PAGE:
Editor’s Note: This is a guest opinion that has been submitted by a member of the Rice community. The views expressed in this opinion are those of the author and do not necessarily represent or reflect the views of the Thresher or its editorial board. All guest opinions are fact-checked and edited for clarity and conciseness by Thresher editors.
On a cold and gloomy Saturday in Huntington, West Virginia, Rice football came in and delivered a stunning upset to the Marshall University Thundering Herd. Despite being favored by three touchdowns and being ranked No. 15 in the country, the Herd was held in check by an Owl defense that allowed zero points on the afternoon and, with five interceptions, propelled the Owls to a 20-0 victory.
Since COVID-19, from my new home in California, I found myself reading the news from Rice more eagerly, thinking back to the seven years I spent there with many life-changing encounters. As the pandemic highlights many of the challenges we face today, from social inequity to climate change to political division, I crave the late-night Valhalla discussions and the small talk waiting in line at Coffeehouse. It is with this nostalgia, and the urge to share my own source of encouragement, that I am writing to my beloved and sorely missed community at Rice.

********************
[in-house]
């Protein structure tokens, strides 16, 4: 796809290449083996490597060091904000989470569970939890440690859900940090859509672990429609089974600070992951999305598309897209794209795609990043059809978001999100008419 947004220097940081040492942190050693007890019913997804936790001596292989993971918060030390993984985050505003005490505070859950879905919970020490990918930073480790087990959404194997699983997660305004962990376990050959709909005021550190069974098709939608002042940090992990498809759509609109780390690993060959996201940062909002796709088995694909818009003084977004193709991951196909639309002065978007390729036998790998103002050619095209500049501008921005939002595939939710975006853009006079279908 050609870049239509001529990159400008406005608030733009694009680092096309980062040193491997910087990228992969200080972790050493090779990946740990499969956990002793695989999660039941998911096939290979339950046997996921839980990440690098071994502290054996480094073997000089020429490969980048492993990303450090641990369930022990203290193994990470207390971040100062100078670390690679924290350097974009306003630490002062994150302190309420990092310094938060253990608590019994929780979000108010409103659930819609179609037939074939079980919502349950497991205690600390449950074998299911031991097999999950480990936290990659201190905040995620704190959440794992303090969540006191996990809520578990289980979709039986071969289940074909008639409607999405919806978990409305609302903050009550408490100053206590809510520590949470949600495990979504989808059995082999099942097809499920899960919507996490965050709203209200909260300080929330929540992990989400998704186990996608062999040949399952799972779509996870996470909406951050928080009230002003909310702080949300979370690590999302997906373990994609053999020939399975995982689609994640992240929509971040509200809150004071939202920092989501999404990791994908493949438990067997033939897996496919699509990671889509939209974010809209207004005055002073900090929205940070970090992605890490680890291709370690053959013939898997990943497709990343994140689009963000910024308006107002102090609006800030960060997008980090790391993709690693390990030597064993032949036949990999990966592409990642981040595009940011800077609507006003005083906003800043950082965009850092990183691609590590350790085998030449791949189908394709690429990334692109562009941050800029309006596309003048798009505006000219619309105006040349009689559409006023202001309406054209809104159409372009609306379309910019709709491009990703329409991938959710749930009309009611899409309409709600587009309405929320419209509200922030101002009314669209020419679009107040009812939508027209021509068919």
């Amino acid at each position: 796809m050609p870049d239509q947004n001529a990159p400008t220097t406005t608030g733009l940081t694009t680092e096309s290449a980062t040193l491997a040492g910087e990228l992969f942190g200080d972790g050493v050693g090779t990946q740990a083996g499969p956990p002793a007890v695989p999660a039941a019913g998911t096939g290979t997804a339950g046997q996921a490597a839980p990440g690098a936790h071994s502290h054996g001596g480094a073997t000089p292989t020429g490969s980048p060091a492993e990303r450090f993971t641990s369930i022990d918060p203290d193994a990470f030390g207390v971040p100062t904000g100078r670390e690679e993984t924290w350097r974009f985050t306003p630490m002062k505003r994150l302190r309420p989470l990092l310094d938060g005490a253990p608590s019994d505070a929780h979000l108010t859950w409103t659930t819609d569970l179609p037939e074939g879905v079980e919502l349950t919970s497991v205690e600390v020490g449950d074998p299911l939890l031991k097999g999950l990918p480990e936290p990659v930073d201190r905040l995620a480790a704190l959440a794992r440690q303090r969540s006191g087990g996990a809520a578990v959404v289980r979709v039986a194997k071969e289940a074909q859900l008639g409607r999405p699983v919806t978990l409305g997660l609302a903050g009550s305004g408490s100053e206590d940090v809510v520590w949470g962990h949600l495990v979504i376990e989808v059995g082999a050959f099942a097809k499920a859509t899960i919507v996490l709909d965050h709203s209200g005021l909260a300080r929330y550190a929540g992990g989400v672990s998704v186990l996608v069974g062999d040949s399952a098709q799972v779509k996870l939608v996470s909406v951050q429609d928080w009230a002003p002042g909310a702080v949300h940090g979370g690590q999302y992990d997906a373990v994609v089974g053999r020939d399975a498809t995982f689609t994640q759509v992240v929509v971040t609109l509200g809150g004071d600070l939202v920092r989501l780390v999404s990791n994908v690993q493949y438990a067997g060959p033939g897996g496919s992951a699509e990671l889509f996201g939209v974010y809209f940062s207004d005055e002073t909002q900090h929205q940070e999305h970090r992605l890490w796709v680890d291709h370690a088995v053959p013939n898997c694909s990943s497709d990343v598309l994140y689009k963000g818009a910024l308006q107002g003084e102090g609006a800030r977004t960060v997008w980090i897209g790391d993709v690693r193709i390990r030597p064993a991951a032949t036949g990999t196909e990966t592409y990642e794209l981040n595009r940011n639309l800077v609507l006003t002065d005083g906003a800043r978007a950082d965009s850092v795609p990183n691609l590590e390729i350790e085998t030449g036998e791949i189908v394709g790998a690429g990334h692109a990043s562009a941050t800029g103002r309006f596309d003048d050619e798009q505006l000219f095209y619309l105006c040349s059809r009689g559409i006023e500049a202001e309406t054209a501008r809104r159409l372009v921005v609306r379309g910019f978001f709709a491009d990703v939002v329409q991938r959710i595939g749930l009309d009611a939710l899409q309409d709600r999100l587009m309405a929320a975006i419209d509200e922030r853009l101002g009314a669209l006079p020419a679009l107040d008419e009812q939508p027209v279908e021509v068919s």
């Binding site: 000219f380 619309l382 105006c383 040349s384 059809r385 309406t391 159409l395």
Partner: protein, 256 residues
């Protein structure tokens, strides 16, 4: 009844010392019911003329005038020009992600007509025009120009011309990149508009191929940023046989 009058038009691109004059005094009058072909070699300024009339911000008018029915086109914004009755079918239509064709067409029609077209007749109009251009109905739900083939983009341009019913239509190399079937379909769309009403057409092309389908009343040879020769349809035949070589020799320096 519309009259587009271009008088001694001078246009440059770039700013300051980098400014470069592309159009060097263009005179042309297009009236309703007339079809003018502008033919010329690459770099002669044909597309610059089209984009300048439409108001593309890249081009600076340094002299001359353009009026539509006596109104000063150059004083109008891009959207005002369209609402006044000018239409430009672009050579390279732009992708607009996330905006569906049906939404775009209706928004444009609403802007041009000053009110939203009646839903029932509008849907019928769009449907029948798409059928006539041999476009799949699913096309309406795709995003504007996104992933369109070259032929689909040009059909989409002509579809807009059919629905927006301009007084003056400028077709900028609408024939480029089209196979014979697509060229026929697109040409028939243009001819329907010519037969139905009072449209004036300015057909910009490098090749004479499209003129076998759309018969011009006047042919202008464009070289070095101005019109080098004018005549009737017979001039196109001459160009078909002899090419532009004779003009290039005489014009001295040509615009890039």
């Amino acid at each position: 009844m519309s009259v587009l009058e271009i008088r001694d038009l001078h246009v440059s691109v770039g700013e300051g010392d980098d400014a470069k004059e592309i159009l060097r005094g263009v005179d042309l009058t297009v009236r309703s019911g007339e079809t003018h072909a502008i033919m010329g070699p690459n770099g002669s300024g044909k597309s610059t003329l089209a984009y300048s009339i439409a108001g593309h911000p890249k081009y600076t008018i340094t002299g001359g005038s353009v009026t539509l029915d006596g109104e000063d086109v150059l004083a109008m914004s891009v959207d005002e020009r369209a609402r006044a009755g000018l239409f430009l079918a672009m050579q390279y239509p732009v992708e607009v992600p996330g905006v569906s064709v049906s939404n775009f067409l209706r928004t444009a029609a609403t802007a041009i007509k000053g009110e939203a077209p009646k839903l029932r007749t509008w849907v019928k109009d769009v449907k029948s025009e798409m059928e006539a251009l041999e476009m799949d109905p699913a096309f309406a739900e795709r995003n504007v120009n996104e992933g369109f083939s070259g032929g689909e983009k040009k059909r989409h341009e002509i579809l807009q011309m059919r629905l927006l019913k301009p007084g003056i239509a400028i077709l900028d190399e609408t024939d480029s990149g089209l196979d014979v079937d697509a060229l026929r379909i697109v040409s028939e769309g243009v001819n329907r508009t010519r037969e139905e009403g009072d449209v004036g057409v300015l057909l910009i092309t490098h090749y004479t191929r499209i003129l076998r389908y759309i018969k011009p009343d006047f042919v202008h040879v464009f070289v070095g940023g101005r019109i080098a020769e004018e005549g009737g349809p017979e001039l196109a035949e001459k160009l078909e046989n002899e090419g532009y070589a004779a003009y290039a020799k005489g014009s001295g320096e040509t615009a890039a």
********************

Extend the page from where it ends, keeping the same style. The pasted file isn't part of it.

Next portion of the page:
From garden-fresh fruits and vegetables to classic films and a spring break field trip to Cuba, Rice University is home to an assortment of interesting classes. With input from the Rice community, the Thresher has compiled a list of eight classes students should consider adding to their schedules while they’re at Rice — no matter what their major or interests.
Rice swimming won their first meet of the season last weekend, winning 15 of 21 events over the two-day meet and handing Tulane University a 245-146 loss. This was the final home meet of the season, and the final home meet ever for the seven seniors on the team.
Rice lost to the University of North Texas on Saturday by a score of 27-17. The loss dropped the Owls’ record to 1-2 on the season. Meanwhile, the Mean Green improved to 3-3 with their win.